All that suddenly changed with Jaap's departure. He was sold and without pulling punches, he upset Fergie and was packed off to Lazio. But there was no replacement. Shortly afterwards Blanc was signed. Blanc had been a tremendous player elsewhere but he and Japp were cut from different cloth. Japp, strong, quick, physical and relishing a battle. Blanc, slow, pensive and wearing the silver slippers that could produce a bit of magic. Then David Beckham was sold to Madrid. Clearly he too had upset Fergie and rightly or wrongly he departed. As a boy he had loved United. Did he want to leave? It's a hard call, but the only thing we do know is there was no replacement for him either. Cristiano Ronaldo was bought, but how many times have we heard his name in a sentence with 'potential'? He promises so much but in comparison to Beckham delivers so little. Beckham, while not the fastest, could put the ball on a sixpence for Van Nistelrooy. Now, Van Nistelrooy has to wait for Ronaldo to beat two or three players before the chance to score is decided by the lottery of a Ronaldo cross. Often his crosses end up in the East Stand or the Stretford end. As for Roy? Replacing him would be tough no matter when it happened. But he too upset Fergie and after twelve plus years smashing his body to bits for United, was left to forage for a footballing future.

The fact these three players were sold without a replacement of their calibre being lined up also crosses paths with our tactics moving from 4-4-2 to 4-5-1. With Ruud up front we had the ideal midfield to play that system, with Beckham putting the ball in front of Ruud no matter if he had beaten a defender or not. With Keane's age retreating into a deeper role suited him and allowed his other team mates in the centre more of a licence to get forward. And with Giggs on the left we knew he would create chances and score goals. But then we lost Beckham. Without him, I don't think we would have been champions in 2003 as he created a lot of chances and scored a few too. I don't think it was too surprising to see our position fall from first to third in the post Beckham era. And now without Roy, suddenly a midfield that was a match for anyone in the world has gone.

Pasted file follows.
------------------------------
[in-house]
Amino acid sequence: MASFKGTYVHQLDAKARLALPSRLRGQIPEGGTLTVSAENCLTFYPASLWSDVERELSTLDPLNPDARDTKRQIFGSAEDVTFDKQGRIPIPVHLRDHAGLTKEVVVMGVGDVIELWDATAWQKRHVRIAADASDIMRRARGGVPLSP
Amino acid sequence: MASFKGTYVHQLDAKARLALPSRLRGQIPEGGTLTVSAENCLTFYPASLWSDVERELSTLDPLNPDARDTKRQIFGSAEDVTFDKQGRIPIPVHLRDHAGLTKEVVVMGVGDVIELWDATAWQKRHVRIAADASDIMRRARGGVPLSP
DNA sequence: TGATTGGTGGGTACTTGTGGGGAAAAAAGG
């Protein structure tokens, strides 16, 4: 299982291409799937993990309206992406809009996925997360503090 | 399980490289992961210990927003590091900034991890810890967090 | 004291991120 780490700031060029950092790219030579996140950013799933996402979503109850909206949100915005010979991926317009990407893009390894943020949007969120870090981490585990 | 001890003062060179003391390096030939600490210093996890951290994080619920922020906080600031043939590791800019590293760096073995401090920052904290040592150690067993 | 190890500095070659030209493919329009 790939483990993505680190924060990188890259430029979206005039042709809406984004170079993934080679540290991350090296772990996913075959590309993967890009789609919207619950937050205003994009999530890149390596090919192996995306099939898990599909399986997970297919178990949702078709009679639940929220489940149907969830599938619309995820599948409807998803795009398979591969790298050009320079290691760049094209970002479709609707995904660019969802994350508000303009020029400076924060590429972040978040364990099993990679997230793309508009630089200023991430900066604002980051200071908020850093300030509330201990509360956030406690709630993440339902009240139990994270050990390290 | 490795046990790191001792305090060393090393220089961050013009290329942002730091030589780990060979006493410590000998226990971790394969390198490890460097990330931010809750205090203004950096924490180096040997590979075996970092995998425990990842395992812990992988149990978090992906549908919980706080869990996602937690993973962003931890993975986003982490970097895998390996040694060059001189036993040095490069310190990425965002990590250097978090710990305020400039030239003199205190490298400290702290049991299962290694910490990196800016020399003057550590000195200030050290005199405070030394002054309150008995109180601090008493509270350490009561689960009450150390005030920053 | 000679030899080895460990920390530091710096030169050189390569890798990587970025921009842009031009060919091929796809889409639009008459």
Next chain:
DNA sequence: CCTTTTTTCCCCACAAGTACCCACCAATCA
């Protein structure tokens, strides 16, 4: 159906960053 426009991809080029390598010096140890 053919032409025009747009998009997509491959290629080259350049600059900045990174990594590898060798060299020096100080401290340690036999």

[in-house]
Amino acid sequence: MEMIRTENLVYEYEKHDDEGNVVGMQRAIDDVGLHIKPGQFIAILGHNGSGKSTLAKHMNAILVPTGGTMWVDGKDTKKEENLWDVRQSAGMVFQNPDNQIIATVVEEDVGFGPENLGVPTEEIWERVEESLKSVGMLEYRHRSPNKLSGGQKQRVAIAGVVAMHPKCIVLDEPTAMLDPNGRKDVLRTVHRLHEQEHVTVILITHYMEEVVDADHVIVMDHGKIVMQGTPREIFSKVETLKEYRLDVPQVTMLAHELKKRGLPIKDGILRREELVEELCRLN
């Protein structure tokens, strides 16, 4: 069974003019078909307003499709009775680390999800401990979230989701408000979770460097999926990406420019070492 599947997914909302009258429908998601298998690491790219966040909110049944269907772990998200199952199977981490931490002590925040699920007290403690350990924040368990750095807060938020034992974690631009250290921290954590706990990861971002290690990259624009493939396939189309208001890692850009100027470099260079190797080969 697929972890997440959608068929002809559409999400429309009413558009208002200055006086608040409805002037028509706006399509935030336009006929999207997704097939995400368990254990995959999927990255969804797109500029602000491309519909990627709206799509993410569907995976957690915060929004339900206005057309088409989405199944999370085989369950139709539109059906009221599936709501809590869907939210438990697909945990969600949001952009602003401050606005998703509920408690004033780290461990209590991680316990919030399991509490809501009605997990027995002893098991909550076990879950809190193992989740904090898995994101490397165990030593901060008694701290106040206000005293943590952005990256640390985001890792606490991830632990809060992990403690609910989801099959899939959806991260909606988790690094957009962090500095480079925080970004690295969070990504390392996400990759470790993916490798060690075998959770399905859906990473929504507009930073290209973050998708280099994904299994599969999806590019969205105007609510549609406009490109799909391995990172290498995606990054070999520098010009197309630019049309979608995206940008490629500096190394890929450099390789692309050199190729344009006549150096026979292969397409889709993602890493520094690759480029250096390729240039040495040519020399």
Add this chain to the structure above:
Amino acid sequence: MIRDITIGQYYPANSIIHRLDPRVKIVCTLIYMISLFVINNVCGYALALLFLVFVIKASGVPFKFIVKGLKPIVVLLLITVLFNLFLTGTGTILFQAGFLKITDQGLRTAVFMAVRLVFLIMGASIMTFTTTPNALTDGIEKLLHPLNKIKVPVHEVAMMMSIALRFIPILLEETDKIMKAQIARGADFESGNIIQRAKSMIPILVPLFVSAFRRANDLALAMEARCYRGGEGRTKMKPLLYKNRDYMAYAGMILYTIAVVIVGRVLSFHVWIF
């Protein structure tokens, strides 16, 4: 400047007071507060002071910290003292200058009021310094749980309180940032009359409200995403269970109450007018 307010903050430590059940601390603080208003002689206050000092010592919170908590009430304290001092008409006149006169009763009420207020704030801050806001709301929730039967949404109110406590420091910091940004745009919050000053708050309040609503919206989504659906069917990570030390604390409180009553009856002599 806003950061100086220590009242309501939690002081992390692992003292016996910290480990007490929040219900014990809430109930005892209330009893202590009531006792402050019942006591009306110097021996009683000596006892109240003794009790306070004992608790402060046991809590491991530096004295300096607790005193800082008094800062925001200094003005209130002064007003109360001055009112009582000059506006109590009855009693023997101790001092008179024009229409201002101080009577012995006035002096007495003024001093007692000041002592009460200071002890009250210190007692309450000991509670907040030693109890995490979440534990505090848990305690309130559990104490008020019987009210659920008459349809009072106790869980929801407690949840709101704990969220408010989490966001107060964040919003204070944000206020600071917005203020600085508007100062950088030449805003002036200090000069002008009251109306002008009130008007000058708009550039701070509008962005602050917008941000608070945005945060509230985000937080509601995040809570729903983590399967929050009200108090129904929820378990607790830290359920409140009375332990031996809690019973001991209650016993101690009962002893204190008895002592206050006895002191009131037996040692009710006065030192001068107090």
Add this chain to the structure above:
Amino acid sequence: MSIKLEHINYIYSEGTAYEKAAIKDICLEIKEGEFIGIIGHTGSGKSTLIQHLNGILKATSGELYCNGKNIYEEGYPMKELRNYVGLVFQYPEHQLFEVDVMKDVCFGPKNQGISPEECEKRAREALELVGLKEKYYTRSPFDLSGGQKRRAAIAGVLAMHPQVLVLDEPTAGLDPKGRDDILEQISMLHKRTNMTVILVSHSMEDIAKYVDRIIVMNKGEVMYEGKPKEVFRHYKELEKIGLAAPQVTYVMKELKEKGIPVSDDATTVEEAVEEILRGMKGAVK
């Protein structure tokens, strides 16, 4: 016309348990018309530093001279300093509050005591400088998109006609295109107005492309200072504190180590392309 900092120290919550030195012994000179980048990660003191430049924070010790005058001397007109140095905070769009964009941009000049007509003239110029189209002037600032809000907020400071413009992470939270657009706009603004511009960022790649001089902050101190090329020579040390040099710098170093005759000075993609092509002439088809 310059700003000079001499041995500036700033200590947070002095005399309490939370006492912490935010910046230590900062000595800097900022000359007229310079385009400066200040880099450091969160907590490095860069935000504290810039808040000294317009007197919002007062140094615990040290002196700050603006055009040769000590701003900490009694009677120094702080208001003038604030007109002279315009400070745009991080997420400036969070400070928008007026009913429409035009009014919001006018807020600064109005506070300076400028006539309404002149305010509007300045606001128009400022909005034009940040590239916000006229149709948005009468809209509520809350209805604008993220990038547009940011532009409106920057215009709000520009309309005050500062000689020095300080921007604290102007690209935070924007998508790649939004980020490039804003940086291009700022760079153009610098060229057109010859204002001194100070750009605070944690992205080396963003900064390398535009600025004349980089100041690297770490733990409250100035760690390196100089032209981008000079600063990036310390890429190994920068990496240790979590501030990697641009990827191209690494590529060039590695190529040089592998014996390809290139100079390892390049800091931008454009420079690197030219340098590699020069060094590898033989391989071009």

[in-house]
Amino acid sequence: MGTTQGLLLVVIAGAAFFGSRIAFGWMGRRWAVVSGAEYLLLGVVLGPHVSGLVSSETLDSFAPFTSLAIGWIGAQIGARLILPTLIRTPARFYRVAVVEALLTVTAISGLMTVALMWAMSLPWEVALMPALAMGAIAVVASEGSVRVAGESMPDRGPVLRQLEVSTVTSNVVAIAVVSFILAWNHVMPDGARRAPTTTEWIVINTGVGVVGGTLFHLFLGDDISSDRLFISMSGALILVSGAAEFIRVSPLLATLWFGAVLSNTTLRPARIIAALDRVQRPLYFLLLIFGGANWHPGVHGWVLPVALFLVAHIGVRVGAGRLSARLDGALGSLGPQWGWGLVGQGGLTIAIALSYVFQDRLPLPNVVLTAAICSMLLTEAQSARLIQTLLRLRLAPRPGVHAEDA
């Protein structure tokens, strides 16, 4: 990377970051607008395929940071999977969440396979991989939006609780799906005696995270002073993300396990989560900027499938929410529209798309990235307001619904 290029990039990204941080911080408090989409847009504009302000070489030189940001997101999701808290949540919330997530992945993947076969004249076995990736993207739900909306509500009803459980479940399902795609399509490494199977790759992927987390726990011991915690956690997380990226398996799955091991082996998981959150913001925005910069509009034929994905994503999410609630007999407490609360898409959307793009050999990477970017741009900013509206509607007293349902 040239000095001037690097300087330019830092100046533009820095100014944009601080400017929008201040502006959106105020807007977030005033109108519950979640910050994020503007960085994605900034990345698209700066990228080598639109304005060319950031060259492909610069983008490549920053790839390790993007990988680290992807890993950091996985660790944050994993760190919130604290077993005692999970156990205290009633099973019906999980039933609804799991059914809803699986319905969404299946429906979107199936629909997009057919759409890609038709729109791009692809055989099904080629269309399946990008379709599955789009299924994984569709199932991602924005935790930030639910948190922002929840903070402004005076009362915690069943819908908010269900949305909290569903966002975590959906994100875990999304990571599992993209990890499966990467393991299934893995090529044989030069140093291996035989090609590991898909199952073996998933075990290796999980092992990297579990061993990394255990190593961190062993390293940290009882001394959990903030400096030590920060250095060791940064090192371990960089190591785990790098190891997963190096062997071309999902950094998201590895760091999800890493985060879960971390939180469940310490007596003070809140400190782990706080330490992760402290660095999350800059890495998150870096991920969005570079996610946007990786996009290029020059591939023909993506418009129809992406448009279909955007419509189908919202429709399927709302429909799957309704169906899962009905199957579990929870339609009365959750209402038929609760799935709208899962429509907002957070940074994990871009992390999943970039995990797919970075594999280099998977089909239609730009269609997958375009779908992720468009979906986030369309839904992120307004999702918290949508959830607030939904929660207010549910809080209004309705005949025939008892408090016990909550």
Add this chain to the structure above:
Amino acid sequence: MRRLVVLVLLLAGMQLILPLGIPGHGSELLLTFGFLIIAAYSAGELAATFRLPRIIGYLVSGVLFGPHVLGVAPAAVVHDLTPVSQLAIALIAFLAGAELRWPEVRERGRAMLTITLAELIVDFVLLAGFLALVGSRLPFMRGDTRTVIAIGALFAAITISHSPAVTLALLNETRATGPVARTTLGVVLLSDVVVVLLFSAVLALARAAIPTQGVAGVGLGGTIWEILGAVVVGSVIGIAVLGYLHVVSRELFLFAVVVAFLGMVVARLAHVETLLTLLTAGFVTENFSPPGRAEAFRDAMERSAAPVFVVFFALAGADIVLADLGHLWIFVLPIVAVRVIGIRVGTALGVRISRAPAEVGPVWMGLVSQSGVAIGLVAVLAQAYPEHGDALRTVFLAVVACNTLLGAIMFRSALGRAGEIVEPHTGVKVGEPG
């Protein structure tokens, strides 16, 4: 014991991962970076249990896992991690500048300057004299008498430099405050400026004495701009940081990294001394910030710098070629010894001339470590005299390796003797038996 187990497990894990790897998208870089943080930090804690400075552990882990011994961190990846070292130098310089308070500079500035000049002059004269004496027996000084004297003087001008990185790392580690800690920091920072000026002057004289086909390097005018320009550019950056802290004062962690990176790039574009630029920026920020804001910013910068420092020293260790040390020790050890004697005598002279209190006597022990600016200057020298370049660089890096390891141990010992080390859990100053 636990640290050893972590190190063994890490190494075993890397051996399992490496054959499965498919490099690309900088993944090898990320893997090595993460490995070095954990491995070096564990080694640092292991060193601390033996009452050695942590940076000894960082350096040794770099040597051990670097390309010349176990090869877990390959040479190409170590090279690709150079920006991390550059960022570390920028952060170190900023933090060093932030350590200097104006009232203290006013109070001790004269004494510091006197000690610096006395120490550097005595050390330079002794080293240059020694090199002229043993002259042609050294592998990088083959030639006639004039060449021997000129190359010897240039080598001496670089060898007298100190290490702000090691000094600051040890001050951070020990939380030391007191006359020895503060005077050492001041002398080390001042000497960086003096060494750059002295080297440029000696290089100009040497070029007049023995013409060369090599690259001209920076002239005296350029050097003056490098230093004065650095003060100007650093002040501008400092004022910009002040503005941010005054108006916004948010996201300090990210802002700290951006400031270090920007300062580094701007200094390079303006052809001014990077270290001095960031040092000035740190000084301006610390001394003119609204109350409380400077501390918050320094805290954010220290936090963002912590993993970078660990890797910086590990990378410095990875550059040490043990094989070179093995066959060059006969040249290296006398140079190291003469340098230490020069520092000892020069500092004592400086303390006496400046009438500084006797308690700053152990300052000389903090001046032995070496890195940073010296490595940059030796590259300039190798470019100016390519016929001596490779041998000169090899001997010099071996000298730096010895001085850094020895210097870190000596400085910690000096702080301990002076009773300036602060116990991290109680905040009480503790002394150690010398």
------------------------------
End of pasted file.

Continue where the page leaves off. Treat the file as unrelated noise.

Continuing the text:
On a wider note, the players we've left go have not been as good as those brought in over the last five years. Was Forlan as good as Andy Cole? Is Rio better than Stam? Is John O'Shea better than Denis Irwin? I'd argue no in all three cases. Yet Fergie continues in his role, seemingly growing more distant from the fans who adored his snarling battling antics for so long. It is a miracle we are in second and I think we will do well to finish in the top three this year. How many of our players genuinely have the stomach for the fight that Mark Hughes Blackburn team did on Wednesday night? I'm anything but a fan of Robbie Savage but how is it Mark Hughes can make him look a decent footballer at Club & International level? How is it Hughes can deal with a player as unsettling as Craig Bellamy? How is it that when Fergie complained about Hughes Blackburn team, that Hughes chooses not to say anything controversial just that Fergie will probably change his mind on reflection.

We are crying out for someone to put that passion back into United. Yes, if he stays in the job, Fergie will return us towards the summit and will bring in good players. But will they be Manchester United players? I can't help thinking Sparky is now the man to take over at Old Trafford. He's a hero to our club who has taken & dished out pain for the cause (just ask that Sheffield United player whose testicles he almost removed in Jan 94) and I think he could re-energise and re-vitalise United. While Fergie praises the Glazers for handing him millions of borrowed money to buy players who may not know everything our club stands for, Sparky is building a Blackburn team on a limited budget into a decent Premiership outfit. At times I thought Keano might be our next boss, then O'Neill and maybe Hiddink. But given the current climate of the club a hero is needed for all our sakes. We won't fully realise how good a manager Fergie has been for us until maybe 4-5 years after he retires, but right now a shake up is needed. Sparky, step forward.

Thanks, John Ryan

Copyright © 2006 Red11. All rights reserved. Not to be reproduced without permission of the author.